Too large a rubric with roughly 200 remedies, you’d need a subrubric: Screaming, anger, in–but Calc-carb isn’t there. Even in the rubric “rage”, calc-carb isn’t there either.
On repertorising , there’s strong results for Lycopodium. Nux vomica and Calc-Sulph. I feel Nux vom would be too motivated for Homer, and the mental attributes for Lycopodium; viz, are highly represented more in people of high intellect, even though some characteristics they have are similar to Homer’s.
This leaves Calc carb, whose characteristics are outwardly placid and phlegmatic, but inside these people are inwardly sensitive and vulnerable.
Yes they are very sensitive and vulnerable; but, not Homer. Homer is very thick. He misses the point of most things—you forgot to mention “selfish”, “untidy” and “childish”, by the way. When Frank Grimes insults Homer in his house in front of Marge and the kids (“You’re what’s wrong with America, Simpson….”) that kind of attack would register with anybody! What didn’t register with Homer was all the previous attacks: “You idiot! You nearly drank acid! You just nearly killed yourself!” Or, “I don’t think we’re being paid here to sleep.” Or, “Stay out of my office, Simpson!” To which Homer replied, “I wish I had a nickel for every time I heard that!” I mean, your average person would be so embarrassed and humiliated by any one of those things. So what this should say to us is that Homer is actually insensitive, which is why he can’t be a Calc-carb.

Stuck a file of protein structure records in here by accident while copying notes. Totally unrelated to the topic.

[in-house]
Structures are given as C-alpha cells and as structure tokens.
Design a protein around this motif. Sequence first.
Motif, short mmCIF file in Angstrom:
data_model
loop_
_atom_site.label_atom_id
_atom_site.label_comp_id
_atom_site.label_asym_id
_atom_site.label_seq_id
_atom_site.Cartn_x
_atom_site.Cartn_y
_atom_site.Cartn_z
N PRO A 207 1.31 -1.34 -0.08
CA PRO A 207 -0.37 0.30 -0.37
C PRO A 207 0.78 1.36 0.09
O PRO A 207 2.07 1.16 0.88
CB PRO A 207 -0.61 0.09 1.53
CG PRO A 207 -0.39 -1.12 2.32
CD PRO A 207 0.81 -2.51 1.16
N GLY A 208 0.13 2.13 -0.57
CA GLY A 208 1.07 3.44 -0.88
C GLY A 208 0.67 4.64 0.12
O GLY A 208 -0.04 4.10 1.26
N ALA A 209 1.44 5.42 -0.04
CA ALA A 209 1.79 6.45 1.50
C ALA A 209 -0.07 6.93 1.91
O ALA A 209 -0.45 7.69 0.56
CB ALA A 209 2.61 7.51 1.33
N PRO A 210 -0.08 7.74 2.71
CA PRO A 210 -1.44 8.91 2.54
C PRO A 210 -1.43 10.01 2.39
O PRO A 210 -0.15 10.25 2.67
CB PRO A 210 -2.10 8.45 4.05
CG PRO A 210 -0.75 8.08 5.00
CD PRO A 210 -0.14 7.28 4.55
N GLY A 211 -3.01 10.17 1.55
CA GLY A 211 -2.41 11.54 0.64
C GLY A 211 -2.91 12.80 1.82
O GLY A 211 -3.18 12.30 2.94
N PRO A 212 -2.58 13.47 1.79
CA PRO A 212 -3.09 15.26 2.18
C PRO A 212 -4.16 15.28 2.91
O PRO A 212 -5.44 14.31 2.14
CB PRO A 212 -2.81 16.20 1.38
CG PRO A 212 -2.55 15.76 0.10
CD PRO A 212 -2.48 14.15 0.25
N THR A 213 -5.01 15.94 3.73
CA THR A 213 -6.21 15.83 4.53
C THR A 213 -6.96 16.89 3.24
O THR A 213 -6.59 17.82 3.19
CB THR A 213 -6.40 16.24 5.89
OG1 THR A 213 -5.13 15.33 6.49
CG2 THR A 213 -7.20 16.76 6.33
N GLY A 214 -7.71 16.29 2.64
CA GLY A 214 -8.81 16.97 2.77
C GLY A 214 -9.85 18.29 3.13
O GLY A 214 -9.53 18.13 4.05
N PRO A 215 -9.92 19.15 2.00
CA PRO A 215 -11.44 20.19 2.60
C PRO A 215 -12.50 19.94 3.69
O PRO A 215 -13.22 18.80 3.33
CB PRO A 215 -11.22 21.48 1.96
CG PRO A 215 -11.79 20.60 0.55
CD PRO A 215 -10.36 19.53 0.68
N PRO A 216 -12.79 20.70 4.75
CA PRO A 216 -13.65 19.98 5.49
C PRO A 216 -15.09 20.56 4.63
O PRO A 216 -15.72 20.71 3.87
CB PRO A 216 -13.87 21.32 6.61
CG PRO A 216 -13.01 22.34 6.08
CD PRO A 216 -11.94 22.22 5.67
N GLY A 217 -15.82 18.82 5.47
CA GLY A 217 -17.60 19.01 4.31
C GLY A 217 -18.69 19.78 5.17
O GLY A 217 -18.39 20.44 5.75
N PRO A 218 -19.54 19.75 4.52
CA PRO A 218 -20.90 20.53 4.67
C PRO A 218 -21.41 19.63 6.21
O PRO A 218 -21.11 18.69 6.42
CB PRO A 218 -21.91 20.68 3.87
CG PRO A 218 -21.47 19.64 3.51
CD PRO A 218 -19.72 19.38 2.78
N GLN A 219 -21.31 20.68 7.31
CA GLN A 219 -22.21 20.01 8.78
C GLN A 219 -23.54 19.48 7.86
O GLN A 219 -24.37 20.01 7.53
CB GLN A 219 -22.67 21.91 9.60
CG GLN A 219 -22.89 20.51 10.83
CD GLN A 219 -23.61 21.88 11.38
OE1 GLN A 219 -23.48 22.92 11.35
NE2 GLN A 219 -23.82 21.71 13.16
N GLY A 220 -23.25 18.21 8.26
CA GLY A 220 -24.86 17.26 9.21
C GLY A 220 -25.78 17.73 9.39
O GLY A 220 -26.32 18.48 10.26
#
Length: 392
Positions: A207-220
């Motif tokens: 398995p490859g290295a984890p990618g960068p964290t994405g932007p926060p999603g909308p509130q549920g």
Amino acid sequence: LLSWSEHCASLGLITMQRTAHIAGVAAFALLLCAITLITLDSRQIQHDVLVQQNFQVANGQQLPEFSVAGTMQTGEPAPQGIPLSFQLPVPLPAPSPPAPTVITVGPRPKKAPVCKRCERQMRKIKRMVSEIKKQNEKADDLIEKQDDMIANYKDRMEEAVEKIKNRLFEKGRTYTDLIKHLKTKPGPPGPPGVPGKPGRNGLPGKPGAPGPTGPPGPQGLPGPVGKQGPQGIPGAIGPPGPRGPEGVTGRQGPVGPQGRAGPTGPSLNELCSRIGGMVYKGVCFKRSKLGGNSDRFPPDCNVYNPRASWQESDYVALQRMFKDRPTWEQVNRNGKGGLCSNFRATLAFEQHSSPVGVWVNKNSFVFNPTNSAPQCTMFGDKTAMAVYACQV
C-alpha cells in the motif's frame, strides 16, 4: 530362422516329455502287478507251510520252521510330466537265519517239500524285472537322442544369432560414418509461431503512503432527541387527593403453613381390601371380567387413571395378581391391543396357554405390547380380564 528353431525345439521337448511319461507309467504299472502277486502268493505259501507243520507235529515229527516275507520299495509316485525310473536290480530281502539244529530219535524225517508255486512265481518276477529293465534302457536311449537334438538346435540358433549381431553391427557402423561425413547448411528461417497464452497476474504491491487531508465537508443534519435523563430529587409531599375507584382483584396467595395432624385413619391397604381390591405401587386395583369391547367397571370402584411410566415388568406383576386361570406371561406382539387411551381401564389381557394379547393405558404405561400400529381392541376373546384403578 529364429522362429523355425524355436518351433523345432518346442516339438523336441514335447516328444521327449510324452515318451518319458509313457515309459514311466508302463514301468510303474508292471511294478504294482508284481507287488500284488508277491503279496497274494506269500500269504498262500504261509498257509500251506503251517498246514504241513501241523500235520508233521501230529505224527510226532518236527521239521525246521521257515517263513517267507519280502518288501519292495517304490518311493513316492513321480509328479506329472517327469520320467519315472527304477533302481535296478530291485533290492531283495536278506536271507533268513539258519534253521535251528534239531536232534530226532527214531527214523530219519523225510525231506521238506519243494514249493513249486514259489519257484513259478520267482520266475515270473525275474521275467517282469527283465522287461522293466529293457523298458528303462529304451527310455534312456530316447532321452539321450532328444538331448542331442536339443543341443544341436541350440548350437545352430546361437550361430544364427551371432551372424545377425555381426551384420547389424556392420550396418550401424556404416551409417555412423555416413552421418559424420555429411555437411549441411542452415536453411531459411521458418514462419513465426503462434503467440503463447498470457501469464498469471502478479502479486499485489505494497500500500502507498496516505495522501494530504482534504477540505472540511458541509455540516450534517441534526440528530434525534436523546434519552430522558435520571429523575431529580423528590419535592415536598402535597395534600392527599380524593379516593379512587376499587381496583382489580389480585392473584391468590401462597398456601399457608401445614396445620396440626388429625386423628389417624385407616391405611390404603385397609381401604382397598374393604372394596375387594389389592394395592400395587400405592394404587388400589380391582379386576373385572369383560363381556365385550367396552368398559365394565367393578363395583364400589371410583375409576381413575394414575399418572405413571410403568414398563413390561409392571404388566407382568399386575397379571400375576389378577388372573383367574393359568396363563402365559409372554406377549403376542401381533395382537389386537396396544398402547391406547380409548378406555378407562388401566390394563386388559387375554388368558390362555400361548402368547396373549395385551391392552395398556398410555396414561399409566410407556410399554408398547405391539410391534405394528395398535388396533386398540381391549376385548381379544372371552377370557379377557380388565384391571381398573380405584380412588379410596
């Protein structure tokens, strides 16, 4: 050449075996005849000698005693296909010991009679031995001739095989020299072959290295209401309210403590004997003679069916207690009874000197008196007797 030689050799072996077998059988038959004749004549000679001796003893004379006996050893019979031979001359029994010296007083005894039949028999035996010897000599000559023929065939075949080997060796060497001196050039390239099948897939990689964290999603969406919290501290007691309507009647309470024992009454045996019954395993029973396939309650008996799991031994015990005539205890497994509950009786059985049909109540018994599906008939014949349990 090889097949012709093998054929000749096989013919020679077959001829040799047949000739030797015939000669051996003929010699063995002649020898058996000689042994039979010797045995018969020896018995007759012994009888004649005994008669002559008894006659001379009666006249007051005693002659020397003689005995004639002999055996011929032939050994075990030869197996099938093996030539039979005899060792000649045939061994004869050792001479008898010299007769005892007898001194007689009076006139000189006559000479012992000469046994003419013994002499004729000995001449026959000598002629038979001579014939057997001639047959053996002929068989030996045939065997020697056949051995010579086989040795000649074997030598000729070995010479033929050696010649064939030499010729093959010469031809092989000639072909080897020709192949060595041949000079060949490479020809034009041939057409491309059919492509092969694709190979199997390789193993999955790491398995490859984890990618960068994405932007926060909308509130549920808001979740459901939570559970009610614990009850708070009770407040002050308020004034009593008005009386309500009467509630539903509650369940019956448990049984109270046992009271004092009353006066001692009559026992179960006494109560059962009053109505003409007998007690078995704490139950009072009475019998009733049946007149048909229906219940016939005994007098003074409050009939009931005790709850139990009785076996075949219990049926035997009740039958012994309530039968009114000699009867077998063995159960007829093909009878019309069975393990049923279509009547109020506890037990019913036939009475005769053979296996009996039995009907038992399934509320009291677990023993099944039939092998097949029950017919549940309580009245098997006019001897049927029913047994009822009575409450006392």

They have a tired and jaded mental state and have a disinclination to work.